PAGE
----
The Art of Embarrassing Your Children
When you were little, you used to run around naked screaming, 'Take me to the village, take me to the village!"
"You once threw a tantrum out on the street that was so loud people started coming out of buildings just to see what all the fuss was about."
These are the little "moments of your life" memories I like to bring up to my teenage kids, especially when they have the nerve to tell me that I'm embarrassing them.
"I'm embarrassing you," I begin before I launch into a "one time" story that usually ends with the child naked, screaming at the top of their lungs in a public place, or both.
And, come on, how can you even compare the trauma I went through when they were in the midst of the terrible twos (which lasted at least until the age of four in all of my offspring) to my behavior. After all, I'm just trying to get down with my bad self and show what a hip and cool parental unit I am, when I start bouncing to Beyonce in front of their friends. And, I can tell their friends love it when I do this, because they encourage me and sing along. I can tell they all think I'm sick (see, I'm so cool and hip, I even know their lingo).
I'm also a big help when it comes to my daughters' fashion choices, and they just don't see it. I offer to let them borrow my best "Not Your Daughter's Jeans," but they just give me the eye roll and mutter, "Uhhhh, thanks but NO!" I find that very rude. And when we're shopping together, I always try to help them and show them that I, too, know what is in and what is out. "Isn't this top sick?" (I really like this term and use it as often as possible, which definitely enhances my coolness factor) I say holding up the article of clothing to them. The child has the nerve to swat my hands away and say, "Can you BE any more embarrassing, Mom?"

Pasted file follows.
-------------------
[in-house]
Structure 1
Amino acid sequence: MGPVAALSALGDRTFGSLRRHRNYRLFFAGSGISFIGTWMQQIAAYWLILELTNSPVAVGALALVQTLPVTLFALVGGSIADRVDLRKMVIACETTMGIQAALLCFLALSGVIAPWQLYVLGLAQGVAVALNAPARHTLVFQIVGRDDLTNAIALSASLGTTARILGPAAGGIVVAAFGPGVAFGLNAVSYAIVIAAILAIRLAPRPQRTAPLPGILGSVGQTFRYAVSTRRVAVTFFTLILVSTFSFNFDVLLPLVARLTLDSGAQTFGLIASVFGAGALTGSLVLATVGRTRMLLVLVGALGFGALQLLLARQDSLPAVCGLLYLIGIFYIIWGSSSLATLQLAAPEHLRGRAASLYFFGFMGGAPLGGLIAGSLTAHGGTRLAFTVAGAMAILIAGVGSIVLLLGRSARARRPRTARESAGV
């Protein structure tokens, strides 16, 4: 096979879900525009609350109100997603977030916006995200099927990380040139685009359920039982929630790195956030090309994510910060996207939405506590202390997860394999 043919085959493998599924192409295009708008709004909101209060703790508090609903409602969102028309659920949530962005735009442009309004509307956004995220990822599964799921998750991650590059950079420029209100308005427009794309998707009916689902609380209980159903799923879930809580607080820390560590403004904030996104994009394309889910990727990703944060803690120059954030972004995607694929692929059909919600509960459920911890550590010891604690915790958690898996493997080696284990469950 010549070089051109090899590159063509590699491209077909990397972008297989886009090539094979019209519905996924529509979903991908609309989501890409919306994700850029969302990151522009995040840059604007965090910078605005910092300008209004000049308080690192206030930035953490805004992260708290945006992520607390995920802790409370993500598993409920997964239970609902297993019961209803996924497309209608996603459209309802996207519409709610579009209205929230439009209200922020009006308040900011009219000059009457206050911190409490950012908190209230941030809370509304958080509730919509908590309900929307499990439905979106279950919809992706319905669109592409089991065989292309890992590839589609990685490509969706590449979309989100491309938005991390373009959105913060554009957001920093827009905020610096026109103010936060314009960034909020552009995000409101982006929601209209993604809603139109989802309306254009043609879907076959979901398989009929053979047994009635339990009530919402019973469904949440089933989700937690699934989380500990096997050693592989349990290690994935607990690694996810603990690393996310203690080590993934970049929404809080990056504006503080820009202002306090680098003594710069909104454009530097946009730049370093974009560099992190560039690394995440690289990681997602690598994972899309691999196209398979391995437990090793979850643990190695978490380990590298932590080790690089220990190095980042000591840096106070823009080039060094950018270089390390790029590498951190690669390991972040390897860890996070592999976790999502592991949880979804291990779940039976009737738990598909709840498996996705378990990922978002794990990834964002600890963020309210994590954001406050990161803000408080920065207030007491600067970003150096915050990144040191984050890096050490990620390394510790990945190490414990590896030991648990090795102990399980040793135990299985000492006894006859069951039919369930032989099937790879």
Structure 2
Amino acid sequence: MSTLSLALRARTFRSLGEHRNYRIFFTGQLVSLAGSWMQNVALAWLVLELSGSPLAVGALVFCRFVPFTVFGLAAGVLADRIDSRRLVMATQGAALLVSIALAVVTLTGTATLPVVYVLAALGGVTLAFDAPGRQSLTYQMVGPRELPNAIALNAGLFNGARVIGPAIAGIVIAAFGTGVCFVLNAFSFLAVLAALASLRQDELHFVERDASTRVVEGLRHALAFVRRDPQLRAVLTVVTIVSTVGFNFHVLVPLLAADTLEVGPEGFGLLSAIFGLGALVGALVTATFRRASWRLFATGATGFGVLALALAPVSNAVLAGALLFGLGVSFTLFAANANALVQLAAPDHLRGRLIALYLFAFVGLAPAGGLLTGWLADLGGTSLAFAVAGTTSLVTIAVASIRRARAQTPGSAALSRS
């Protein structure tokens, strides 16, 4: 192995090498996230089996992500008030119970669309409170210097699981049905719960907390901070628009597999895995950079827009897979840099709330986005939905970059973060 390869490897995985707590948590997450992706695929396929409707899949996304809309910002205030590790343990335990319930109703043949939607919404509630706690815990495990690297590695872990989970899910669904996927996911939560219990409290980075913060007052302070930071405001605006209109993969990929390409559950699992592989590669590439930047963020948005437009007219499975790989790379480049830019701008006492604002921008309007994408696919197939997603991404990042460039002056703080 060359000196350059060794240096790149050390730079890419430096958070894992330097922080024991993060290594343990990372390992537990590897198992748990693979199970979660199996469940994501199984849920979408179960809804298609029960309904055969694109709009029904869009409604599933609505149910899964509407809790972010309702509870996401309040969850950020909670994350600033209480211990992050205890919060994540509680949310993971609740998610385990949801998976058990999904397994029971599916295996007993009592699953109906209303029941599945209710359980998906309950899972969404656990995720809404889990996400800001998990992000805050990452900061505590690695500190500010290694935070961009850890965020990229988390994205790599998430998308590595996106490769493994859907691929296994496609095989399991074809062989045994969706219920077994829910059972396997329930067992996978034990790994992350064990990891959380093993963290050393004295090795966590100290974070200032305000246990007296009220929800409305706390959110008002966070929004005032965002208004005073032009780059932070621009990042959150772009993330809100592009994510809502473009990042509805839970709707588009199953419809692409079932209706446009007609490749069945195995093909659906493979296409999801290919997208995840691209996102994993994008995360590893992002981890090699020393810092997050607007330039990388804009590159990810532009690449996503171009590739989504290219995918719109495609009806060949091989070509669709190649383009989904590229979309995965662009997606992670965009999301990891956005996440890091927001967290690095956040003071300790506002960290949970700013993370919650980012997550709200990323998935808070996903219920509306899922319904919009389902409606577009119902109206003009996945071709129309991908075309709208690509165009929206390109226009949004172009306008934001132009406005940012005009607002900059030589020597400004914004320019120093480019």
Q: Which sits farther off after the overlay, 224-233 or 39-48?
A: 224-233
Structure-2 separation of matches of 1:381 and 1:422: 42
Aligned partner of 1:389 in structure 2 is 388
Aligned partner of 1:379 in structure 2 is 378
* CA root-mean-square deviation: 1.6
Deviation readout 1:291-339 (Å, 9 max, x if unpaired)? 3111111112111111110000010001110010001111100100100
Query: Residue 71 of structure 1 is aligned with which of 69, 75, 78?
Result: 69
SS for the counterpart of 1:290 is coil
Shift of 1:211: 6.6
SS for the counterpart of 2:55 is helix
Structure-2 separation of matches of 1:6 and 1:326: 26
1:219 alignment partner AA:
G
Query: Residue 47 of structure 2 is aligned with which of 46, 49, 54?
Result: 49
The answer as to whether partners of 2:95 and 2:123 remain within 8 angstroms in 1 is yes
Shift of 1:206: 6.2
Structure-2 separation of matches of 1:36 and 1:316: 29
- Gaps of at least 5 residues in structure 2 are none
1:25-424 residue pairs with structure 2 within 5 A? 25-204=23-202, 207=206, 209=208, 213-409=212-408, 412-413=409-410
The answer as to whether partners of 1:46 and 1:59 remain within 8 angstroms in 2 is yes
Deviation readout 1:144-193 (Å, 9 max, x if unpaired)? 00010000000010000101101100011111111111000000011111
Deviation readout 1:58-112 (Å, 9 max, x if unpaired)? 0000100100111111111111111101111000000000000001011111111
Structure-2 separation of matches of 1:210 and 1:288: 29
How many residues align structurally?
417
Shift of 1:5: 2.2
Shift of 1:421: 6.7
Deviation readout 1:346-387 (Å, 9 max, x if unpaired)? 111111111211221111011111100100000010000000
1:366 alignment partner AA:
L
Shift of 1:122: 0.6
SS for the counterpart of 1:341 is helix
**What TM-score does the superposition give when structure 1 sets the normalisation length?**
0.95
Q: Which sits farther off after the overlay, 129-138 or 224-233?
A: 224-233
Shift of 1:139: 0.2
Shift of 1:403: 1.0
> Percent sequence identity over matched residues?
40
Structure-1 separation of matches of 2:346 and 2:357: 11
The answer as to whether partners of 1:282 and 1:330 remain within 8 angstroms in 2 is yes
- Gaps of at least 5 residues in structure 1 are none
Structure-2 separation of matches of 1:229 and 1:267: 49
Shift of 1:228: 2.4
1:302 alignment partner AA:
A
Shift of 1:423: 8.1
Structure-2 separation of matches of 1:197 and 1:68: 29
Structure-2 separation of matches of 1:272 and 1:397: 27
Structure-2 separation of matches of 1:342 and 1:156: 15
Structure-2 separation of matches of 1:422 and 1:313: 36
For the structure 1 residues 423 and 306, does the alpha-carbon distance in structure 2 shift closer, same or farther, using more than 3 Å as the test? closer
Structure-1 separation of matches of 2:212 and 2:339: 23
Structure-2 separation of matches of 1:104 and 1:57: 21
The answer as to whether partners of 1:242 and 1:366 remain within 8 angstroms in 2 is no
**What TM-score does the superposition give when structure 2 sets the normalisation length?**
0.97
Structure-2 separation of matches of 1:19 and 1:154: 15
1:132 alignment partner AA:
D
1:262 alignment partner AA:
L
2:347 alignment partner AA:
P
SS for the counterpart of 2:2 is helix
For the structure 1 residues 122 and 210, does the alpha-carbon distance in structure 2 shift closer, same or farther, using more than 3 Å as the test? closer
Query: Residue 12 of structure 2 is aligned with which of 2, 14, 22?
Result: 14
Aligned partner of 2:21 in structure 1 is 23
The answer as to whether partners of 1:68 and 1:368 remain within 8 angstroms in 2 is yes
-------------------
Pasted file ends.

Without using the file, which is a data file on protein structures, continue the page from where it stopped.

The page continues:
Oh yes, my friend; I can be more embarrassing. Remember those stuffed grape leaves I made for dinner last night? They're going in your lunch bag today. Right along with the napkin on which I've drawn a great big heart and written, "You'll always be my baby."
Kids seem to think it's all about them and are convinced that we parents sit around looking for new and different ways to humiliate our children. I think it's always been that way; that even the ancient philosophers and Roman emperors had to put up with eye-rolling and heavy sighs from the sullen teenagers riding in the backseat of the chariot. I heard one comedian say that if the apostle Paul had teenagers, Christianity would have been nipped in the bud. "We're going to Corinth again? Every time we go there, you're beaten and stoned; do you know how embarrassing that is?"
So if we're always going to be an embarrassment to our kids, let's do it with style. Don't be afraid to sing along with the rap song on the radio during the carpool to school; and if you don't know the words, make some up – its fun! Get up and hug them in a public place; if they squirm, just hold tighter – they love that!